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November 29 – December 5, 2021
Security issues

Minsk abandons its longstanding positioning as “a regional security donor”

The situation got worse
Minsk abandons its longstanding positioning as “a regional security donor”

Most recent Lukashenka’s statements have marked the end of the Belarusian foreign policy strategy pivoting around the concept of Belarus being a “regional security donor”, that is, not creating threats to neighbouring states.

On November 29, at a governmental security meeting, Lukashenka made statements that would be regarded as threats by the neighbouring states. Concerning Ukraine, he said that if a new round of the Russo-Ukrainian war occurs, (the responsibility for which Lukashenka laid down on Kyiv in advance), his regime would support the Kremlin. Simultaneously, he designated Belarus’ neighbouring European states as enemies. It would be wrong to regard his statements as mere performance.

Taking into account that he made such statements at a state security meeting, we are observing a new political setting for the power bloc leadership. Further, on November 30, during an interview with a leading Kremlin propagandist, Lukashenka announced his readiness to ask Russia to deploy nuclear weapons in Belarus (albeit under certain conditions).

It is worth recalling that during previous tension in relations with the West, Minsk’s appeal was not to create problems for the West. Over the past 20 years, Belarusian diplomacy promoted Belarus as a donor of regional stability and security. Minsk proposed to create a nuclear-weapon-free zone in European post-socialist states. Earlier, when speaking to the Army command, Lukashenka stated that the most important task of the Belarusian foreign policy was to prevent the country from being drawn into the Russo-Ukrainian war “no matter how the situation develops.”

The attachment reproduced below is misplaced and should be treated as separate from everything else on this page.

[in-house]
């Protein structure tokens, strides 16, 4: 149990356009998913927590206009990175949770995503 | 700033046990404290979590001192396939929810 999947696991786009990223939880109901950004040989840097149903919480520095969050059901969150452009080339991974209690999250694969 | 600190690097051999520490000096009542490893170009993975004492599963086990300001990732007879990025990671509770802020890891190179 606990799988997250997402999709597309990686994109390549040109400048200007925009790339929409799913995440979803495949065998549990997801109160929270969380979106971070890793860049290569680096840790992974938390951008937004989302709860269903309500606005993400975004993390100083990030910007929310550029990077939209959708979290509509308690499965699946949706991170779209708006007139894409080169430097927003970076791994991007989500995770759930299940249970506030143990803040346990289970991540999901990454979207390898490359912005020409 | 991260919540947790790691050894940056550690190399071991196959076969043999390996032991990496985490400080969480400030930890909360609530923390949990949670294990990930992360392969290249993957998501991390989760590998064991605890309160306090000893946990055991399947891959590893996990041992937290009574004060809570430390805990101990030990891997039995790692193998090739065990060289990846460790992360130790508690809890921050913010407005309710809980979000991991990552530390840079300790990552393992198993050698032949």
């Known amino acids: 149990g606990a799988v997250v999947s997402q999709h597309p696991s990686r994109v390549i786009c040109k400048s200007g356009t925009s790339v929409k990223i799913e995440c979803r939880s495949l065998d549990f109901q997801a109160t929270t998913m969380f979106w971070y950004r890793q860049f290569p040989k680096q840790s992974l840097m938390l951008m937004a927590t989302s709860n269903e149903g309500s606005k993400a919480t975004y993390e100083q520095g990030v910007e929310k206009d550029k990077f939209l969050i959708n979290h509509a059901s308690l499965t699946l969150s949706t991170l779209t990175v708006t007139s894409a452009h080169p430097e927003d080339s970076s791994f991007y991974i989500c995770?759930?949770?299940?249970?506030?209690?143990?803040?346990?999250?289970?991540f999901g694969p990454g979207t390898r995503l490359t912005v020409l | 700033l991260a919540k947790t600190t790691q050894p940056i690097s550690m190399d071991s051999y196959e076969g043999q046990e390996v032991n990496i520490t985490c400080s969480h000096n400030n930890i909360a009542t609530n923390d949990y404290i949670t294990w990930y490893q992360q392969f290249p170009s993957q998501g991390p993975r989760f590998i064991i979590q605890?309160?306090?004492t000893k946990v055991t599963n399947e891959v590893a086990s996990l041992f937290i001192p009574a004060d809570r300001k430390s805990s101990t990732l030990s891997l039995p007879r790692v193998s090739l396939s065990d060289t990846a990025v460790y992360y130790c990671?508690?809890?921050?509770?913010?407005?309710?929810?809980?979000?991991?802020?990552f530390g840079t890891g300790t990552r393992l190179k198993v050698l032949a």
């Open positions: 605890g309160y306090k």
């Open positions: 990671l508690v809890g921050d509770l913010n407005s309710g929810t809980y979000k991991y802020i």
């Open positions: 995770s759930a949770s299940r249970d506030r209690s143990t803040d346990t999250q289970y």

Whilst the EU and the US expressed their “deep concerns” in the summer of 2014, Belarus and Romania were the first states to provide real support to Kyiv to defend against Russian aggression. After the collapse of the Treaty on the Elimination of Intermediate-Range and Shorter-Range Missiles in 2019, Lukashenka proposed that other states in the region refused to deploy such weapons. Despite its anti-Western and anti-NATO statements, the Belarusian regime strictly followed its foreign policy line, which could be described as “zero security problems with neighbours”.

Hence, the Lukashenka regime has abandoned the previous foreign policy strategy in the field of regional security and demonstrated readiness for a confrontation scenario on a political level. In addition to political statements and demonstrative actions, practical steps are likely to follow. This will not bring any positive results for Minsk, however, would worsen the security situation in Eastern Europe.

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